“To identify the estimates of the effects in a model like Figure 1 (in the absence of additional equality, proportionality, or other constraints on β21 and β12) a variable like ξ1 is required (Rigdon, 1995). The direct effect of ξ1 on η1, and the important absence of a direct effect of ξ1 on η2, implies that the covariance between ξ1 on η2 arises from the basic indirect effect of ξ1 on η2 (namely γ11 β21), which is enhanced by the loop L = β21 β12. The relegation of β12 to a purely enhancing role in accounting for the covariance between ξ1 and η2 differentiates or disentangles β21 from β12 and makes it possible to obtain separate estimates of these effects. In the Figure 1 model, ξ2 similarly contributes to disentangling the reciprocal effects, so as long as the γ11 and γ22 effects are substantial, the β21 and β12 effects in this model should be overidentified (given the independence of the disturbance terms).” [6: 660-661].

1. Bollen, K. A., & Lennox, R. (1991). Conventional wisdom on measurement: A structural equation perspective. Psychological Bulletin, 110(2), 305-314. doi:10.1037/0033-2909.110.2.305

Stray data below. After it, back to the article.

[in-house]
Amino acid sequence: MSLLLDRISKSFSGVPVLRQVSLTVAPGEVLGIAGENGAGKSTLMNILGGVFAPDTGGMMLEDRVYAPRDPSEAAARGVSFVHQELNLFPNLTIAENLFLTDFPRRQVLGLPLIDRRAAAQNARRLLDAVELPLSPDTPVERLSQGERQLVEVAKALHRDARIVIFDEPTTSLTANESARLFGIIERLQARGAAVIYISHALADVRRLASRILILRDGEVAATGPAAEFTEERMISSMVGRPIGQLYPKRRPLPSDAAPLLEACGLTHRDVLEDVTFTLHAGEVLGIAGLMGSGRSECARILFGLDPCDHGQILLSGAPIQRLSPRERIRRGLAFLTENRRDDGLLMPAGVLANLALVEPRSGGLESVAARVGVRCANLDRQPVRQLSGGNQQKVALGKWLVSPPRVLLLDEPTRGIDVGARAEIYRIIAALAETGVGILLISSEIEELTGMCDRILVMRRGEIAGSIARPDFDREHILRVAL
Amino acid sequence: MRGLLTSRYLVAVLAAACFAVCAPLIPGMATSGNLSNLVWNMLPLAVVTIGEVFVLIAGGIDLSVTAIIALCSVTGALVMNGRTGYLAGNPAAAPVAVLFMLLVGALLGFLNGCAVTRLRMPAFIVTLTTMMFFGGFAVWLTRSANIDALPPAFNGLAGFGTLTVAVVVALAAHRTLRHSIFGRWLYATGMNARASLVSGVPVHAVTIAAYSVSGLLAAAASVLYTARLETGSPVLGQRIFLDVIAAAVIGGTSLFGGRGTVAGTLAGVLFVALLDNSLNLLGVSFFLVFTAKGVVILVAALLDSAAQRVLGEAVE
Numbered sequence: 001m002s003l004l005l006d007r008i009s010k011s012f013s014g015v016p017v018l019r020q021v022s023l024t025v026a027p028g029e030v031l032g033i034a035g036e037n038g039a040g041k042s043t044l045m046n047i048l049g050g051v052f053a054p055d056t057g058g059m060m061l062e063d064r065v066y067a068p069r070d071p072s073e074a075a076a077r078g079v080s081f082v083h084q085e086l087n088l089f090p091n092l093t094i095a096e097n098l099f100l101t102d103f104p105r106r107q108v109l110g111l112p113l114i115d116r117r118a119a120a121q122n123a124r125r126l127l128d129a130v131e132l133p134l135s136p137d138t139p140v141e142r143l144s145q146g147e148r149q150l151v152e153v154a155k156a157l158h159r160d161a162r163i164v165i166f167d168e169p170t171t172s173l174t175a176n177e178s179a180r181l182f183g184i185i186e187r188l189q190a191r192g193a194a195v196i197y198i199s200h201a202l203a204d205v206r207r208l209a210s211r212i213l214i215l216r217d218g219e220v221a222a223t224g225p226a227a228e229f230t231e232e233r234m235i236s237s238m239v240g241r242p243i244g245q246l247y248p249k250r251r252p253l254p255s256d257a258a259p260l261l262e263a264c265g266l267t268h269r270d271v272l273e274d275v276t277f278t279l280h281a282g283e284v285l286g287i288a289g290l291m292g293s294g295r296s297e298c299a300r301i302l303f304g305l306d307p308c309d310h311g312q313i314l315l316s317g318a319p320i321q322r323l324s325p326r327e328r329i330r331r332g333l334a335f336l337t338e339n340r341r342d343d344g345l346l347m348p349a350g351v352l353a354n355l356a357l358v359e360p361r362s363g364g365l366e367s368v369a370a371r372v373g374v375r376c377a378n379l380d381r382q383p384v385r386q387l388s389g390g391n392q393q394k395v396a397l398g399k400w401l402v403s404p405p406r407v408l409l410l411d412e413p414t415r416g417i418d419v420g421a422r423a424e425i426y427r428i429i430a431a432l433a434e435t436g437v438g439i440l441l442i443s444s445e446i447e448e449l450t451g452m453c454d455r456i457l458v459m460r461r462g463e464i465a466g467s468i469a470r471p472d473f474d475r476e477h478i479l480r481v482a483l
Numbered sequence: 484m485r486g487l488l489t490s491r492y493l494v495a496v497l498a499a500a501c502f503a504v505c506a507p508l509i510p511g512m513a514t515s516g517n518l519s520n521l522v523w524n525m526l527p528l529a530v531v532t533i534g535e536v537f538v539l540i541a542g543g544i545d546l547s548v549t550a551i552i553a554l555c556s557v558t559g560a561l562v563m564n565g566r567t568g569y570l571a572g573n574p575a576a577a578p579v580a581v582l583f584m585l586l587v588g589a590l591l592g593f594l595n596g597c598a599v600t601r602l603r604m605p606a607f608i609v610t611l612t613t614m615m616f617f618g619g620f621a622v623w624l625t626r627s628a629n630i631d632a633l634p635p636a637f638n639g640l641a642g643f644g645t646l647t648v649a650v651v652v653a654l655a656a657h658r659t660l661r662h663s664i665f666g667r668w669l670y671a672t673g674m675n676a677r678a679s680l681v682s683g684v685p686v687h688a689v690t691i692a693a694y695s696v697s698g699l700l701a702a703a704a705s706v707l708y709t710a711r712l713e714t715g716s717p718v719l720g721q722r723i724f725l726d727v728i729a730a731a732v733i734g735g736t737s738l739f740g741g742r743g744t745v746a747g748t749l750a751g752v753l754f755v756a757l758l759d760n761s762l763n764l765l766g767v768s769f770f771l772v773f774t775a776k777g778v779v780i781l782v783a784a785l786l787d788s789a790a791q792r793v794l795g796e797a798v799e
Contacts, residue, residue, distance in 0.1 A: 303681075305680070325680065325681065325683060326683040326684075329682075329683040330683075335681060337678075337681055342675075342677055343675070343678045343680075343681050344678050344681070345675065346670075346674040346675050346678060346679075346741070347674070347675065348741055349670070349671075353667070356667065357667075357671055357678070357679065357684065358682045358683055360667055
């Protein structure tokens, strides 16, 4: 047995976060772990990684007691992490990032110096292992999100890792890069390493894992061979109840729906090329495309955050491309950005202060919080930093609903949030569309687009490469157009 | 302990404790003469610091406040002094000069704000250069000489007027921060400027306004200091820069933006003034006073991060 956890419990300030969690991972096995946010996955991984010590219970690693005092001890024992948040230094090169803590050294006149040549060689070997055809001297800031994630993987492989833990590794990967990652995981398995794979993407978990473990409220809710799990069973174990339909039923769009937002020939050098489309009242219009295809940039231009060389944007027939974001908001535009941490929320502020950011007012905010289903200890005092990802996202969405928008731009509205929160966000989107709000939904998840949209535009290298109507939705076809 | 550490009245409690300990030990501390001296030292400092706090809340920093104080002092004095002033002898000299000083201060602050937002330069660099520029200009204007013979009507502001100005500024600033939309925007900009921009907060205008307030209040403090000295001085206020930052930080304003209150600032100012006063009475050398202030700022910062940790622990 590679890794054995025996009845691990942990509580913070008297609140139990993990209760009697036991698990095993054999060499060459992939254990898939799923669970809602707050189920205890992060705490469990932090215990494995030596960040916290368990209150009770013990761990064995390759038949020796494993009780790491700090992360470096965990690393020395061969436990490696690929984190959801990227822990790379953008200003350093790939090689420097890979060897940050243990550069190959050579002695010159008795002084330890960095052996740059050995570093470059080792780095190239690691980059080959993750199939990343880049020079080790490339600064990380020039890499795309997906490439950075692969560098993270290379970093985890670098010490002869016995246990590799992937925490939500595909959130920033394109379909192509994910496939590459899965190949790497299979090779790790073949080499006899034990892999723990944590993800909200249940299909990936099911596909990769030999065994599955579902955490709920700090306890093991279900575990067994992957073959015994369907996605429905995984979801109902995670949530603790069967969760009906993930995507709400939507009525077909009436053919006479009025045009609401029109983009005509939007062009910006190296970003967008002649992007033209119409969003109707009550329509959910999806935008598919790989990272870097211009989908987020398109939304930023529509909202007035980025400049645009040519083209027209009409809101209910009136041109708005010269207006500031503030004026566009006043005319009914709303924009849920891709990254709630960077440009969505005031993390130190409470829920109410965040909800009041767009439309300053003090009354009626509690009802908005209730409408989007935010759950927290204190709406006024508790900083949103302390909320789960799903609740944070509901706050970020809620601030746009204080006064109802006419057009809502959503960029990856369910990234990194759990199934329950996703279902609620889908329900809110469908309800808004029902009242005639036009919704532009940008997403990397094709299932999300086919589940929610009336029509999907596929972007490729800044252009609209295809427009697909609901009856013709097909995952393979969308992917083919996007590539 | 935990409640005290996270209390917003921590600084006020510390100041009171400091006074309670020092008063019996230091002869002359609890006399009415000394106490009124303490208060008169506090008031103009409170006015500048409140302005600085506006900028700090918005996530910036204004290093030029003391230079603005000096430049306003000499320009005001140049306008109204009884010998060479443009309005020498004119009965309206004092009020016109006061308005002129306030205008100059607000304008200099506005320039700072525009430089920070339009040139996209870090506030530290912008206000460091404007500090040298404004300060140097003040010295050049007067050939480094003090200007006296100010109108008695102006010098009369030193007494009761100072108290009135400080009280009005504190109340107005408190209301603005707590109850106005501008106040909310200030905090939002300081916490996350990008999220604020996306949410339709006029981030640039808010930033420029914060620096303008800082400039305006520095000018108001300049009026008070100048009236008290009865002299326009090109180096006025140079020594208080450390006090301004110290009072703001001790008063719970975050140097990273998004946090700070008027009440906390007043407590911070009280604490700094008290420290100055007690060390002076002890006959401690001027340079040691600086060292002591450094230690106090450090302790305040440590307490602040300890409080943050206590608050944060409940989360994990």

2. Bollen, K. (1984). Multiple indicators: internal consistency or no necessary relationship? Quality and Quantity, 18(4), 377-385.
3. Bollen, K. A., Glanville, J. L., & Stecklov, G. (2001). Socioeconomic status and class in studies of fertility and health in developing countries. Annual Review of Sociology, 153-185.
4. Bollen, K. A., & Bauldry, S. (2011). Three Cs in measurement models: Causal indicators, composite indicators, and covariates. Psychological Methods, 16(3), 265-284. doi:10.1037/a0024448
5. Hayduk, L. A., Robinson, H. P., Cummings, G. G., Boadu, K., Verbeek, E. L., & Perks, T. A. (2007). The weird world, and equally weird measurement models: Reactive indicators and the validity revolution. Structural Equation Modeling: A Multidisciplinary Journal, 14(2), 280-310. 
6. Hayduk, L. A. (2009). Finite Feedback Cycling in Structural Equation Models. Structural Equation Modeling: A Multidisciplinary Journal, 16(4), 658-675.